Gumpendorfer Strasse 10-12
Tel: +43 1581 0489


Back from studying fashion in Paris and Brussels, Sophie Pollack now sells Scandinavian design in a seemingly unremarkable side street that bristles with indie fashion shops, bars and photography studios. Inside this tiny boutique there’s no artwork on the plain white walls. Nothing distracts from the imported clothes hanging off tree branches and the shoes piled up on old travelling chests. 

The stock is mainly Danish (occasionally Korean) and is currently dominated by innovative prints. Blacks and whites predominate, enlivened by splashes of flamingo pink and mustard. The latest offerings from Henrik Bibskov, Hansen and Won Hundred include cocoon coats, caftans and jumpers, ideal for layering up against the middle European winter. Vienna’s Scandi girls are the queens of Strasse-Street Style and do it without breaking the bank. 

Theobaldgasse 14
Tel: +43 699 1900 3895


One of the weirdest sights on the Viennese skyline is a 50m high artillery platform built to bring down Allied bombers attacking Vienna at the end of the Second World War. Had Hitler won the war, he wanted this concrete tower clad in black marble as a memorial. Instead it’s been turned into an aquarium in the sky. Head past the children packed into the ground floor shop and take the lift to the ninth floor for hammerhead sharks. The aquarium glass is so clear you’ll think they are levitating in front of you. 

On the tenth floor is a café with the best view of Vienna. Then stroll back down through the tropical house where uncaged macaques jump over your head and Technicolor birds fly free. Strictly speaking, Haus des Meeres is an Aqua-Terra Zoo, which means there are crocodiles and boa constrictors in there, too.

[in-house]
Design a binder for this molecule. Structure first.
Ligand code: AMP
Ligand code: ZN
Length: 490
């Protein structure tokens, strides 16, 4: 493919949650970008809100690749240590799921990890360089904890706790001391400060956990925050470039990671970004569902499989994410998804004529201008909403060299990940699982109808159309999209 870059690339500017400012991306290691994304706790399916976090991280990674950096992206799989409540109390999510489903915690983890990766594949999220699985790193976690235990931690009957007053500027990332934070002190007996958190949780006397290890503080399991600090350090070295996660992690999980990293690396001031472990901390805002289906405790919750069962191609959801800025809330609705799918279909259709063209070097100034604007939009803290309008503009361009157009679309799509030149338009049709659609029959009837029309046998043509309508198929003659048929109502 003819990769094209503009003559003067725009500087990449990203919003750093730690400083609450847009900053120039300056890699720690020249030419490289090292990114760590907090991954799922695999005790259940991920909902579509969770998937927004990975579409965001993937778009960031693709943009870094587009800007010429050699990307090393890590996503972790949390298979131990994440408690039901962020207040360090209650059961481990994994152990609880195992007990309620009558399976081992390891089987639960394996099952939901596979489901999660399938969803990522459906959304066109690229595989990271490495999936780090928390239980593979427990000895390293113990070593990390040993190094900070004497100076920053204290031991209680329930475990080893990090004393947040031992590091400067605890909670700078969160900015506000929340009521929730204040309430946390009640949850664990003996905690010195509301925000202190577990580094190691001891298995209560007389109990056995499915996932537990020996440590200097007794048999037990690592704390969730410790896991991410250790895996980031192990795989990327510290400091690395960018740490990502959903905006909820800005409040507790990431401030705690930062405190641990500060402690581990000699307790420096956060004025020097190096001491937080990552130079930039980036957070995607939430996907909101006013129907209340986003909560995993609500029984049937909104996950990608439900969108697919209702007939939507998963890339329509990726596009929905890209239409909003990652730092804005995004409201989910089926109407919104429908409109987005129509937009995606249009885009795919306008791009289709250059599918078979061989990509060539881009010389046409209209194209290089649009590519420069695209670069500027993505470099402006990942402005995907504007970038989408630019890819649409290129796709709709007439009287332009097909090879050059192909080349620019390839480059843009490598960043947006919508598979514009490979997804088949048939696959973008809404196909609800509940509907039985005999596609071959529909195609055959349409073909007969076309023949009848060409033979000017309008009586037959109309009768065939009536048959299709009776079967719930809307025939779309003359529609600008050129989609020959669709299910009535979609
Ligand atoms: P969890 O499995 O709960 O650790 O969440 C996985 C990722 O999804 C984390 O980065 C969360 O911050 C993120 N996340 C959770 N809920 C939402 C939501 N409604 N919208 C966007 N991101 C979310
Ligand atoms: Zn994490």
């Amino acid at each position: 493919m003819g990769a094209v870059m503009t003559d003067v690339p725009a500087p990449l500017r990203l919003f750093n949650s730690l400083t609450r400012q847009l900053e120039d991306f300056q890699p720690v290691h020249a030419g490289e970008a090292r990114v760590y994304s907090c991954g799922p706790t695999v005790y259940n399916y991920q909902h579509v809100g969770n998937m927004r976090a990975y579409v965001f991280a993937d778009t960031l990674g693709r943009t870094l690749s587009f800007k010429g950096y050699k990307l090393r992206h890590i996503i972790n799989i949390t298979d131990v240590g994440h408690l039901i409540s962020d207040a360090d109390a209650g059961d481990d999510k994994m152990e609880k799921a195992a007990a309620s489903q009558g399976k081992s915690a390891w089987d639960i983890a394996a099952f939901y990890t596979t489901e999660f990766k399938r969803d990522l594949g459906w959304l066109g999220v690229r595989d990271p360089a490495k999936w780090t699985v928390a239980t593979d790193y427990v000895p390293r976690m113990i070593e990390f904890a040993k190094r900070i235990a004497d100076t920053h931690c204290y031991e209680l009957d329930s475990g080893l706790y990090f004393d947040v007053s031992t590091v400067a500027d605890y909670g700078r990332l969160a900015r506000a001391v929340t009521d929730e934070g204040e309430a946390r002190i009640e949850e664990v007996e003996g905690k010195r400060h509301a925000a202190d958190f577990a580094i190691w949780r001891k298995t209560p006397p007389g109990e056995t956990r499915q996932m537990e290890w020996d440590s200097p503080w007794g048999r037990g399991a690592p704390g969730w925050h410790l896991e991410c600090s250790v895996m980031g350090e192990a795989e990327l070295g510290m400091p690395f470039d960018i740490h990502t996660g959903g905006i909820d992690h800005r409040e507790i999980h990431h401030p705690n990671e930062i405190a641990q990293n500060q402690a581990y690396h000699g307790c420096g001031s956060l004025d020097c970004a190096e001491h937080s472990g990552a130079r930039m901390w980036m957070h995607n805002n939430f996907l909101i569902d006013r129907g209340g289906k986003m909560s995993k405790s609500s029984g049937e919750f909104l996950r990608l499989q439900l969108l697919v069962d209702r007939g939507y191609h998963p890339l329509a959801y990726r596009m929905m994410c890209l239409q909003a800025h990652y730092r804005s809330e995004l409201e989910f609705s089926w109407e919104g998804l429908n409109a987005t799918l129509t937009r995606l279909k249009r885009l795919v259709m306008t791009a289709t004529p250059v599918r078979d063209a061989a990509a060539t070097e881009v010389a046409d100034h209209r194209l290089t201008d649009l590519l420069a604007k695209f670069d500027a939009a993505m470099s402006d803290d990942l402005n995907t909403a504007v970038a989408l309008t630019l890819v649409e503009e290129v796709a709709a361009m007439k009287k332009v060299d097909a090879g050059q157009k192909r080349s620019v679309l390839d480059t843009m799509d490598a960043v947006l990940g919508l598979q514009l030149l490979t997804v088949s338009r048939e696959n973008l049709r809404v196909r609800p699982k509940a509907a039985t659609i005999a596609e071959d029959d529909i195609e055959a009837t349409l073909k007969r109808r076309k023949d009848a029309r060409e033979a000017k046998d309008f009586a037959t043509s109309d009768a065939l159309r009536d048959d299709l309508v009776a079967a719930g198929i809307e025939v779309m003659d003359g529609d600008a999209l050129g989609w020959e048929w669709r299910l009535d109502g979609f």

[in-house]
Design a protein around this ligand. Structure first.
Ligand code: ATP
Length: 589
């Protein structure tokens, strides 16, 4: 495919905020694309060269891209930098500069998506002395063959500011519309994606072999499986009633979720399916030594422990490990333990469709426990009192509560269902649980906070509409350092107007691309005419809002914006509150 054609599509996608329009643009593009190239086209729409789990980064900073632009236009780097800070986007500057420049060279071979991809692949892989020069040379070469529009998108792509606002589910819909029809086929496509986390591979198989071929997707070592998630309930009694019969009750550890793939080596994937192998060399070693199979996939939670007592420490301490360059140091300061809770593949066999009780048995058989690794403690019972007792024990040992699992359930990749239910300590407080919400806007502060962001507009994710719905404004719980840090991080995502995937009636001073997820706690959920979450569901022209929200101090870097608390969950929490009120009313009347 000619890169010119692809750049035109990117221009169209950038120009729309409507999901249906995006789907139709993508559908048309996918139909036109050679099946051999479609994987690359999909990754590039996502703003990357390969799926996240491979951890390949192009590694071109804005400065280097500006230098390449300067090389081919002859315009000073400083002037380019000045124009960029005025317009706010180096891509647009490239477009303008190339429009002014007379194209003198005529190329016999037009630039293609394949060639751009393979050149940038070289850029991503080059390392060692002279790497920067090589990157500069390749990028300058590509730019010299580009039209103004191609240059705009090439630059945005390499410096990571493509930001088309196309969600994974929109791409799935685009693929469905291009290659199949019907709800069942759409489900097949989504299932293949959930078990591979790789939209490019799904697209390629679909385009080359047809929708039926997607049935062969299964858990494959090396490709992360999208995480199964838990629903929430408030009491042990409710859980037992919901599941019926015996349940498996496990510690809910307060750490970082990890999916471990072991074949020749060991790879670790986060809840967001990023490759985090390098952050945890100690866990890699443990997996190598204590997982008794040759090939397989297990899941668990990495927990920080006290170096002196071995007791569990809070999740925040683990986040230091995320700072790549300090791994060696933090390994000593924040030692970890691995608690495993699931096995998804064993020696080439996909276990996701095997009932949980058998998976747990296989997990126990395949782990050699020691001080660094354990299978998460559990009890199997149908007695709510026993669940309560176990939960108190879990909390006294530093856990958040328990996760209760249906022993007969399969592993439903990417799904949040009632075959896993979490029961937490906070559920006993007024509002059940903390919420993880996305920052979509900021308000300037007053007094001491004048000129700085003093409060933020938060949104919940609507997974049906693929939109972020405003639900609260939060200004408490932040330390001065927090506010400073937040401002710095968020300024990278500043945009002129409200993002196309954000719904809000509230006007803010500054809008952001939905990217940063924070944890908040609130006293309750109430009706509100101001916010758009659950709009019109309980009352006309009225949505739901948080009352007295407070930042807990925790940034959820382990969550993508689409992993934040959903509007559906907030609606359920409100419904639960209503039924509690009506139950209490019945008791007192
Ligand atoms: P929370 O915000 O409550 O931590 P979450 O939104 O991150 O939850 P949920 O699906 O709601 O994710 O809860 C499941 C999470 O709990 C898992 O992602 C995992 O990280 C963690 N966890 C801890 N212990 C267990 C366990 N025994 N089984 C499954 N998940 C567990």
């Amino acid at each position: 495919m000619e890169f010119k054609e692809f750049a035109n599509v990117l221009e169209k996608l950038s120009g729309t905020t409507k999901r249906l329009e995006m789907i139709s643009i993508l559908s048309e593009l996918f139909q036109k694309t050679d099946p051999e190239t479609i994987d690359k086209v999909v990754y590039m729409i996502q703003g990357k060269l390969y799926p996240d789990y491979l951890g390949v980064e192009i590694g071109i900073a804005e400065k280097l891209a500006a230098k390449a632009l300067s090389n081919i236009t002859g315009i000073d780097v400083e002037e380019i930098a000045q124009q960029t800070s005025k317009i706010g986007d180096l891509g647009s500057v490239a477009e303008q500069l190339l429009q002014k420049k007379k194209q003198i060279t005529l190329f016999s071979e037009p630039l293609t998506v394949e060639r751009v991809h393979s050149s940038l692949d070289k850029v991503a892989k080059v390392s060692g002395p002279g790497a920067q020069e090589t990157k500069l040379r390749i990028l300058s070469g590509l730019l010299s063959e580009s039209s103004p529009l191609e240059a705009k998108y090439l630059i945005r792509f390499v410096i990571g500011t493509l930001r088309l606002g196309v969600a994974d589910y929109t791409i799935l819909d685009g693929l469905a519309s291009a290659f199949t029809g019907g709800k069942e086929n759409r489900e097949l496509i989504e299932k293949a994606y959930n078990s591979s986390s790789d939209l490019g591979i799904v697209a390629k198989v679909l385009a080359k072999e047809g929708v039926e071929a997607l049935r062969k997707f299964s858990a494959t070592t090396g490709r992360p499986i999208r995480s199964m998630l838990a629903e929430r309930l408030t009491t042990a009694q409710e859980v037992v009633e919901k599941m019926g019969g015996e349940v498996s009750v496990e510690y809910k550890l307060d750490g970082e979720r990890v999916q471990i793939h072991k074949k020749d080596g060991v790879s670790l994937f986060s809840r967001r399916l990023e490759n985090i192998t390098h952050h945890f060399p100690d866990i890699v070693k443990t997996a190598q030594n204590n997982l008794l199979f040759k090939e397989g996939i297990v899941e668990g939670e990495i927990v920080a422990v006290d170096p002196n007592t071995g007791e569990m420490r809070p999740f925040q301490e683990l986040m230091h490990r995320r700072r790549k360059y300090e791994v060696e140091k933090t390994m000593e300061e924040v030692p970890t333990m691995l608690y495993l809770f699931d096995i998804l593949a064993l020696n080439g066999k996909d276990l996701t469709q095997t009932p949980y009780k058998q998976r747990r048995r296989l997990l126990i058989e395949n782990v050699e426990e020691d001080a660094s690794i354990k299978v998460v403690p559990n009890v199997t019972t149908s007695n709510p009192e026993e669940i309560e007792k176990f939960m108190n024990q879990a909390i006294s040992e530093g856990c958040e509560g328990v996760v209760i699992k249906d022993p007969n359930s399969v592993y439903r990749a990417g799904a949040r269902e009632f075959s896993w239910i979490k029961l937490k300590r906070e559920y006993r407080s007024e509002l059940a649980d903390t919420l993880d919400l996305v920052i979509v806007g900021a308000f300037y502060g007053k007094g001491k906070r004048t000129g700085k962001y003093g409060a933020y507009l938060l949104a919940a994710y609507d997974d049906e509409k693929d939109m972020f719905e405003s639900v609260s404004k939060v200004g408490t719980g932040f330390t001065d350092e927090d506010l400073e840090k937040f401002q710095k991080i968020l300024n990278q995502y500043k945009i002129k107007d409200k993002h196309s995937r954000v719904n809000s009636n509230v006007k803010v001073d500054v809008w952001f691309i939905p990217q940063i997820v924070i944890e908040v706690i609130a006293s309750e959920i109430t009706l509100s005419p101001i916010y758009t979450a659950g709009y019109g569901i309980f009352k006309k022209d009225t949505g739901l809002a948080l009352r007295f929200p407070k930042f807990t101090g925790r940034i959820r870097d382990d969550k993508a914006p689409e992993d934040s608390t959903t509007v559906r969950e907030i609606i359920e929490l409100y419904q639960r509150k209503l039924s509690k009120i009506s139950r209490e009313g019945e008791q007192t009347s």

Fritz-Grünbaum-Platz 1
Tel: +43 1587 1417


Adolf Hitler’s favourite Viennese café is so far behind the times it’s actually hip. Once upon a time Austrian cavalry officers used to play billiards here, but now newspapers from Germany, the UK, Italy and France are laid out on sticks across the green baize. Sperl used to have a Kein Handy (no mobile phone) policy, but it’s no longer enforced and there’s even internet now. But the essence of Sperl – marble-topped tables, floral banquettes and black lacquer chairs – has not changed since it opened in 1897. 

Today, as then, you can linger all day over one cup of coffee, enjoying the chandeliers and the smoke-stained ceiling. Enjoy, too, speciality cakes such as Linzerschnitte and Sperltorte, as well as Sperl’s own unique bitter coffee. Monica Staub, wife of the current owner, still oversees the café from her kitchen. 

Gumpendorfer Strasse 11
Tel: +43 1586 4158